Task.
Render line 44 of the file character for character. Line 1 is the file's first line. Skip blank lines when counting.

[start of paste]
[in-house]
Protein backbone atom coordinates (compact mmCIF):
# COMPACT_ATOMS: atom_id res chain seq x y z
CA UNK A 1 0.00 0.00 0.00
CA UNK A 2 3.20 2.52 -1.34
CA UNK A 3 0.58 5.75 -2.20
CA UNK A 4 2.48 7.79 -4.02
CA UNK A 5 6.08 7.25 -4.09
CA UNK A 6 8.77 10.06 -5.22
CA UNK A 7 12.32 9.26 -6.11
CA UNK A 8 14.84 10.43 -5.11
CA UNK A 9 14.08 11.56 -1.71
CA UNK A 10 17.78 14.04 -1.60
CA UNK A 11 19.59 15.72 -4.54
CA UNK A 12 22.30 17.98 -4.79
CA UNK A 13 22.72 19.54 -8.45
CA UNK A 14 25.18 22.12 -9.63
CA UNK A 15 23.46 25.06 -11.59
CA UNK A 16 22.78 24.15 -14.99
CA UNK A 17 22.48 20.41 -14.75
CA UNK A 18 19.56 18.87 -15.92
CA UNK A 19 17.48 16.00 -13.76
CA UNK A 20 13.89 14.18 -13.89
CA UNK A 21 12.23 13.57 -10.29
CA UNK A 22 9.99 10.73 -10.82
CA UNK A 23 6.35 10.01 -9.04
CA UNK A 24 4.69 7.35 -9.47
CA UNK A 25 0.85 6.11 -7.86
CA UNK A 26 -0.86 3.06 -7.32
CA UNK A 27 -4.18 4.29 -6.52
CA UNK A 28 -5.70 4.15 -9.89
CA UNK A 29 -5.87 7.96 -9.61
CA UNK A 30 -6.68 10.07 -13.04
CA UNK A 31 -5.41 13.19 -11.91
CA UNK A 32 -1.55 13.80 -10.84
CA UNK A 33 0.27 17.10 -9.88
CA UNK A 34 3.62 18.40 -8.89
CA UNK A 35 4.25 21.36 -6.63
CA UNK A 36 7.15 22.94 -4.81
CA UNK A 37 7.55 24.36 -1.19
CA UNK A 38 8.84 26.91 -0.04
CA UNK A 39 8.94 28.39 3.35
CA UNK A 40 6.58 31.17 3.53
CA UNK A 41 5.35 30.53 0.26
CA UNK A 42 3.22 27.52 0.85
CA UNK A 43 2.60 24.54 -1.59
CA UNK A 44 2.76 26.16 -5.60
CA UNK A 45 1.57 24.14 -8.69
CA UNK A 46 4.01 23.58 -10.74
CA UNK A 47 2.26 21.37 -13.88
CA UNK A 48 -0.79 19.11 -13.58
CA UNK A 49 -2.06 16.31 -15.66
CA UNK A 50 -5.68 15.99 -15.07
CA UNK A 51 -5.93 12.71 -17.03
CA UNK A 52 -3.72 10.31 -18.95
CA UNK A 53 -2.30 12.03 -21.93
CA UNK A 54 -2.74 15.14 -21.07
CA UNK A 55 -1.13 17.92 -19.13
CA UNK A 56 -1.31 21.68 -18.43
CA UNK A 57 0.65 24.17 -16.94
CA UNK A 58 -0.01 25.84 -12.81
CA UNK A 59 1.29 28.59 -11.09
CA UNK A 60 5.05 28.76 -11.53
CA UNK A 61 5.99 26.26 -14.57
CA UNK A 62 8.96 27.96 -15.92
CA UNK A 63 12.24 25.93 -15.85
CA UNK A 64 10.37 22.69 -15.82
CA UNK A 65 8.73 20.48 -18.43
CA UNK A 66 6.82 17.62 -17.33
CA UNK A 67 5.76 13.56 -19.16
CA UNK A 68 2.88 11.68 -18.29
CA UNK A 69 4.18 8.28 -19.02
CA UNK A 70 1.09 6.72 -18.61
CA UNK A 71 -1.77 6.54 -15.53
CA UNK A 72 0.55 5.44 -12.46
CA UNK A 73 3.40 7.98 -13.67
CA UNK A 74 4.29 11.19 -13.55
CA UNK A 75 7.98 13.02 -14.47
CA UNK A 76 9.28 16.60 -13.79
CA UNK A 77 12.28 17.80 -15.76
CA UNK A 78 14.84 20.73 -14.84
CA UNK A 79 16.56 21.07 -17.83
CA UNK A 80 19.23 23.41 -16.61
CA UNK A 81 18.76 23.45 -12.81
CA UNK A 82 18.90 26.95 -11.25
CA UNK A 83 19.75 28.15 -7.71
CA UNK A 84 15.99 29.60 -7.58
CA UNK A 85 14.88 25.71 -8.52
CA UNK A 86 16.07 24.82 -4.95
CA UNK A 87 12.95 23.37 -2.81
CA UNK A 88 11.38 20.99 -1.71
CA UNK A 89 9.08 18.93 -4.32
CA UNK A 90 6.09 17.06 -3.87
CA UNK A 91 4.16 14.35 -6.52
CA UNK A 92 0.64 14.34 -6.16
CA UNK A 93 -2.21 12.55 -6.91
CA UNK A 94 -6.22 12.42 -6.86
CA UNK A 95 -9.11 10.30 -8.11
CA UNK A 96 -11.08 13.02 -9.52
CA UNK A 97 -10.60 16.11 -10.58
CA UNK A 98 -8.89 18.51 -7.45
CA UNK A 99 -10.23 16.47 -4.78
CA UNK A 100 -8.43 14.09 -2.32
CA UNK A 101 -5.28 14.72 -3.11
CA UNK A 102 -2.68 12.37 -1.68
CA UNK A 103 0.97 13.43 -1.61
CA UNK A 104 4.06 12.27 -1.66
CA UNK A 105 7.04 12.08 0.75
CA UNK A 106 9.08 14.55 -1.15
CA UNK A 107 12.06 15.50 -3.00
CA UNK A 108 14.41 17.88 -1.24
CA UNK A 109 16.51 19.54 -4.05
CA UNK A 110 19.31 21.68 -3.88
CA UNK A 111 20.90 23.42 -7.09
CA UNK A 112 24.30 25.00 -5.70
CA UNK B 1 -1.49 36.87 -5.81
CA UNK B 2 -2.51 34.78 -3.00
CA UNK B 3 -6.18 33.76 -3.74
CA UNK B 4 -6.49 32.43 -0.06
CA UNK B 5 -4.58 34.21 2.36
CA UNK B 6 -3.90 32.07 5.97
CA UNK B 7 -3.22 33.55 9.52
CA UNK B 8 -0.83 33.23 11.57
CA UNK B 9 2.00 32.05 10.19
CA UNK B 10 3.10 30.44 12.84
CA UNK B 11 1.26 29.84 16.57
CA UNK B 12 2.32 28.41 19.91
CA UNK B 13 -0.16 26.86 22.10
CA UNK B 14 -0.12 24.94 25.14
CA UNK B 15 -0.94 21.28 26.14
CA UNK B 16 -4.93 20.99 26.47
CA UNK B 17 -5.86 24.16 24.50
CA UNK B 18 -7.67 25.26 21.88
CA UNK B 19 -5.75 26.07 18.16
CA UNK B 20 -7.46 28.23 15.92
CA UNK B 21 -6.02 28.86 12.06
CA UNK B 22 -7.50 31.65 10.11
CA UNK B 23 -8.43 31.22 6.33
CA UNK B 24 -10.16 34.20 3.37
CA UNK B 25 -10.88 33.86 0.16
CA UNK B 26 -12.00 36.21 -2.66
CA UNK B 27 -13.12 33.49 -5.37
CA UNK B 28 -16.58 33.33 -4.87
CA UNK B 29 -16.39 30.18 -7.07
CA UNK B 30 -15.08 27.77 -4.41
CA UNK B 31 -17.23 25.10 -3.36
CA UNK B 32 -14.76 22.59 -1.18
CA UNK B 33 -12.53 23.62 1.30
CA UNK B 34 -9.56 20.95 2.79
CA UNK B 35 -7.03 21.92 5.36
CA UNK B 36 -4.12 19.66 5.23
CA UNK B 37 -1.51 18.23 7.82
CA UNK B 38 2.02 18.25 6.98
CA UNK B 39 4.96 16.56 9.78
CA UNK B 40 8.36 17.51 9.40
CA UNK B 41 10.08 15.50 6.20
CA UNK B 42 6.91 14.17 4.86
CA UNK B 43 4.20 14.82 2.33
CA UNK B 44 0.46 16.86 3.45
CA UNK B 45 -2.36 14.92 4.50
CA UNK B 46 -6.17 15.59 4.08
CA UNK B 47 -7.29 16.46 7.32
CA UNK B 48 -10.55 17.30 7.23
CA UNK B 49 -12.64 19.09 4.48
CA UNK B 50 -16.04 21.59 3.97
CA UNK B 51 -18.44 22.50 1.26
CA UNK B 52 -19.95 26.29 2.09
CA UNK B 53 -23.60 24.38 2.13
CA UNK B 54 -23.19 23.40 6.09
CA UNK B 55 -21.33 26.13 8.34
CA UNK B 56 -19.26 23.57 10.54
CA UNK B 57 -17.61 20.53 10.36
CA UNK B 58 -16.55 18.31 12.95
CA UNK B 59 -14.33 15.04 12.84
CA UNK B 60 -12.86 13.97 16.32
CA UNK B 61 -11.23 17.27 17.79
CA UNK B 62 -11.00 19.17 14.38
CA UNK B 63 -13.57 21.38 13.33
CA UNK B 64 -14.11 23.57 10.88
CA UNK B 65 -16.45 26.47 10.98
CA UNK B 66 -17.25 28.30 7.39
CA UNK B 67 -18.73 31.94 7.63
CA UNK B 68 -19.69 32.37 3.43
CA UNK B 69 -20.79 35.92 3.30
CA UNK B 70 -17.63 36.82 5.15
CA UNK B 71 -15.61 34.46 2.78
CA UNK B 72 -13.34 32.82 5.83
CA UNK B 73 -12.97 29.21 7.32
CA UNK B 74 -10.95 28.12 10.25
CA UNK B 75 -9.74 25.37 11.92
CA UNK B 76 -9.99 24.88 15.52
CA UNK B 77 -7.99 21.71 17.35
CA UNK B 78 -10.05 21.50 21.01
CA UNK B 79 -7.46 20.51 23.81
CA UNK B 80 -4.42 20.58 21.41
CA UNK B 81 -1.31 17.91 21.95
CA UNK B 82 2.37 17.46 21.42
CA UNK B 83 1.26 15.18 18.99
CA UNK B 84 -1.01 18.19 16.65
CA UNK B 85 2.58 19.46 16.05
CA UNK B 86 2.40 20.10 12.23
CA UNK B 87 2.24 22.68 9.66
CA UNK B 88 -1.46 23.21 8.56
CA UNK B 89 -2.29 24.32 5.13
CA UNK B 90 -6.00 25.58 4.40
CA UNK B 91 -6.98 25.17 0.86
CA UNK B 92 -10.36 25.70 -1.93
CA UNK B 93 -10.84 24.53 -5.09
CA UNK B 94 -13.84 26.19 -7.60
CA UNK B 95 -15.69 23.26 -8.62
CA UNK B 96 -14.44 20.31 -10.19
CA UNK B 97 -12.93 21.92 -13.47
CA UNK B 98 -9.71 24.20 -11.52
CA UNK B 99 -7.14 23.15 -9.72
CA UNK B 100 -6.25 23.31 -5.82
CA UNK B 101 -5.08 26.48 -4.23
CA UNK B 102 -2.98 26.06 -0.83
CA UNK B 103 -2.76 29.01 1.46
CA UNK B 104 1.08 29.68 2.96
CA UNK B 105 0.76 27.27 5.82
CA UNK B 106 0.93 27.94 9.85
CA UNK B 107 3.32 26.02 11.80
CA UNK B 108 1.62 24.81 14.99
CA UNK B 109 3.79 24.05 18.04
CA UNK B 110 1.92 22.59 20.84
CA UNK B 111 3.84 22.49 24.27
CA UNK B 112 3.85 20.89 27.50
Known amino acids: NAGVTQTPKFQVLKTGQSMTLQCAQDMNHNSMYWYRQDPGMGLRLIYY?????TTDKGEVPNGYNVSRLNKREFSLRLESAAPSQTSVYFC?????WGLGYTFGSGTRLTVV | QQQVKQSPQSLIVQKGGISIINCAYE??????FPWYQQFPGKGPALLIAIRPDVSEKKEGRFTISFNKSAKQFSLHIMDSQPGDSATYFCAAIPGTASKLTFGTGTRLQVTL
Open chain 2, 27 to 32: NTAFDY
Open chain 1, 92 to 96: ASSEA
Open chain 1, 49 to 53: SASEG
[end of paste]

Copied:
CA UNK A 41 5.35 30.53 0.26